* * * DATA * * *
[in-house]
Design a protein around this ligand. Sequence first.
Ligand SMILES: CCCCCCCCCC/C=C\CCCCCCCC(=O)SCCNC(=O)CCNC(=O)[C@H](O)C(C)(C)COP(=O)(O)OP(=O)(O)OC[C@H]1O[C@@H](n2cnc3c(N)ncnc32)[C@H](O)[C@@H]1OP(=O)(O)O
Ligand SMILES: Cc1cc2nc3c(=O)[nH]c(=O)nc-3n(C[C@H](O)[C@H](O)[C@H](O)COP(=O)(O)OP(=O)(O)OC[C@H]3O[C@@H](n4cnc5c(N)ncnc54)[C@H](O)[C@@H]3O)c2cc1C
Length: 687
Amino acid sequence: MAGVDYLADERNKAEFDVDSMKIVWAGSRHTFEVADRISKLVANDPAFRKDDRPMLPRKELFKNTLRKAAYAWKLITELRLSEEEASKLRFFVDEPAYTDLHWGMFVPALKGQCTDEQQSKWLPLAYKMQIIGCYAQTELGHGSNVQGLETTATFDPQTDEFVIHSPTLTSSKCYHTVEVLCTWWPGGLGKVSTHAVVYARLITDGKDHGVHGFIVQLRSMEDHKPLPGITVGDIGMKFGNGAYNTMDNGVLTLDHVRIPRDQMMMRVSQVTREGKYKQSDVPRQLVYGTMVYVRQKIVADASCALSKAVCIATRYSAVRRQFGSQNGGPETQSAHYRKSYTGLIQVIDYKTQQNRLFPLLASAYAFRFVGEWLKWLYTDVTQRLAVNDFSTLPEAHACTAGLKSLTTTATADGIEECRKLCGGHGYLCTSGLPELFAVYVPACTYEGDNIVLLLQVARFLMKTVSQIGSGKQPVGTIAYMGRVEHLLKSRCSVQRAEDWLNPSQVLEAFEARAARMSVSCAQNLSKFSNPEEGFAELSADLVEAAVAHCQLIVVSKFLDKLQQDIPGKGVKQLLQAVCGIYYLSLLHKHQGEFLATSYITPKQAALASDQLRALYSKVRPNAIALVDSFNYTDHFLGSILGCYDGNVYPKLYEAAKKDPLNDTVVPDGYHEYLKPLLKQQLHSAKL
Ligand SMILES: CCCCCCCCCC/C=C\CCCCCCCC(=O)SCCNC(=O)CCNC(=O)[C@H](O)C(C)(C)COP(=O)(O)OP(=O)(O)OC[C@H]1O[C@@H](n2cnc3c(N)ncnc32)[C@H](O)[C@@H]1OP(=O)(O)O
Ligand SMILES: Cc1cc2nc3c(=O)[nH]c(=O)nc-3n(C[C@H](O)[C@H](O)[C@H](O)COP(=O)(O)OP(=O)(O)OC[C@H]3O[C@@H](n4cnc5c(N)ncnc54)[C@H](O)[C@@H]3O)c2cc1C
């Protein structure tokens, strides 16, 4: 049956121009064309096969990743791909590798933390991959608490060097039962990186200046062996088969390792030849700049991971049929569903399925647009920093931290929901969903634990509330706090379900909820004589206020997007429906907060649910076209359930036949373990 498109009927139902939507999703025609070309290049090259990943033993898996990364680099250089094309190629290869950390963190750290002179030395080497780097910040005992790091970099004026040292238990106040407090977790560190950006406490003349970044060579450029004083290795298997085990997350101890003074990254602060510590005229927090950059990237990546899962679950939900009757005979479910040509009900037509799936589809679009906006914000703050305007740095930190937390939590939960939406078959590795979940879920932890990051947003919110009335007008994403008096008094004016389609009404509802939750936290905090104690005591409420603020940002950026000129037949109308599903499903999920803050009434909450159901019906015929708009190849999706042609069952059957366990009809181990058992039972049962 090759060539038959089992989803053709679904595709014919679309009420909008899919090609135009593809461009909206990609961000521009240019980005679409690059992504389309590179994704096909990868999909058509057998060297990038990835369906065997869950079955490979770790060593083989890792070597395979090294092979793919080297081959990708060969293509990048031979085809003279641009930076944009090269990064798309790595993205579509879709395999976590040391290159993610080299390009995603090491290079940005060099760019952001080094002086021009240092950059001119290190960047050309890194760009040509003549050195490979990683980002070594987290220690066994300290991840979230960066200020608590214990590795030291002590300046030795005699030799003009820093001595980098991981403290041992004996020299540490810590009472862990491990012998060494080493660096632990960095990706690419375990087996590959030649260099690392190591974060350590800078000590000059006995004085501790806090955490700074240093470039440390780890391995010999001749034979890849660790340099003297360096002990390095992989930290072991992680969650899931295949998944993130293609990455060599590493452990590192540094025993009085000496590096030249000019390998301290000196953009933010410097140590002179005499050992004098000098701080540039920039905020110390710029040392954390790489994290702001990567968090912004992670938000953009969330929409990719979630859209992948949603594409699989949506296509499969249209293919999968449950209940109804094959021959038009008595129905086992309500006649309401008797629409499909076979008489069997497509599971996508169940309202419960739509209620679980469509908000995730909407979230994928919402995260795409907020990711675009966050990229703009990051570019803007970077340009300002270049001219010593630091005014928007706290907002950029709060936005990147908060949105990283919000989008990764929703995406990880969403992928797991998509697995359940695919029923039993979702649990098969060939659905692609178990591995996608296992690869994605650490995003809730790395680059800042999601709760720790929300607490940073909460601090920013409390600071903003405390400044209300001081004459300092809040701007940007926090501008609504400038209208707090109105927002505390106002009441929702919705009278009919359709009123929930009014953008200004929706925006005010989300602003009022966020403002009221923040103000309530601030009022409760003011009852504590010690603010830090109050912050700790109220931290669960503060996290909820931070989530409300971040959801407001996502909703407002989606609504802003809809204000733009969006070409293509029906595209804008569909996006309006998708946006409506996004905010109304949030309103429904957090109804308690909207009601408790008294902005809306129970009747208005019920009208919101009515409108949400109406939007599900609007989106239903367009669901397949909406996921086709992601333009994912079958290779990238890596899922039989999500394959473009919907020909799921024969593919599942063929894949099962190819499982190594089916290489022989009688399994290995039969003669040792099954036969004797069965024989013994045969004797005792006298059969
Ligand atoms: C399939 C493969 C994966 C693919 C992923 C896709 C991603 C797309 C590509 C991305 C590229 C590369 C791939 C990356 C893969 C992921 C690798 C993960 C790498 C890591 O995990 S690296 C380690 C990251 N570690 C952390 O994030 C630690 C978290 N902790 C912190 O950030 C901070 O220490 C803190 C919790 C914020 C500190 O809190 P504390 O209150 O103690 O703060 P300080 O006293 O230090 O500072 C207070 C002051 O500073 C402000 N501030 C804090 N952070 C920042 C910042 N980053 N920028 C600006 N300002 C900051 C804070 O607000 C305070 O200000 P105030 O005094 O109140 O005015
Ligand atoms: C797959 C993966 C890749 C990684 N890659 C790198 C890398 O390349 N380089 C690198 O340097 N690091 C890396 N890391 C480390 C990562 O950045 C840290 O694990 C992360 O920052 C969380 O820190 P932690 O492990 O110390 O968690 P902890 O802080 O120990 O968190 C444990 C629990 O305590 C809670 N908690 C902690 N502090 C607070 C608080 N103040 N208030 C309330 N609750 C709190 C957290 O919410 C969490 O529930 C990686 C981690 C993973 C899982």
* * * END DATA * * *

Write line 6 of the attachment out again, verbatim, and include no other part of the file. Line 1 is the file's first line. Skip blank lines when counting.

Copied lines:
Amino acid sequence: MAGVDYLADERNKAEFDVDSMKIVWAGSRHTFEVADRISKLVANDPAFRKDDRPMLPRKELFKNTLRKAAYAWKLITELRLSEEEASKLRFFVDEPAYTDLHWGMFVPALKGQCTDEQQSKWLPLAYKMQIIGCYAQTELGHGSNVQGLETTATFDPQTDEFVIHSPTLTSSKCYHTVEVLCTWWPGGLGKVSTHAVVYARLITDGKDHGVHGFIVQLRSMEDHKPLPGITVGDIGMKFGNGAYNTMDNGVLTLDHVRIPRDQMMMRVSQVTREGKYKQSDVPRQLVYGTMVYVRQKIVADASCALSKAVCIATRYSAVRRQFGSQNGGPETQSAHYRKSYTGLIQVIDYKTQQNRLFPLLASAYAFRFVGEWLKWLYTDVTQRLAVNDFSTLPEAHACTAGLKSLTTTATADGIEECRKLCGGHGYLCTSGLPELFAVYVPACTYEGDNIVLLLQVARFLMKTVSQIGSGKQPVGTIAYMGRVEHLLKSRCSVQRAEDWLNPSQVLEAFEARAARMSVSCAQNLSKFSNPEEGFAELSADLVEAAVAHCQLIVVSKFLDKLQQDIPGKGVKQLLQAVCGIYYLSLLHKHQGEFLATSYITPKQAALASDQLRALYSKVRPNAIALVDSFNYTDHFLGSILGCYDGNVYPKLYEAAKKDPLNDTVVPDGYHEYLKPLLKQQLHSAKL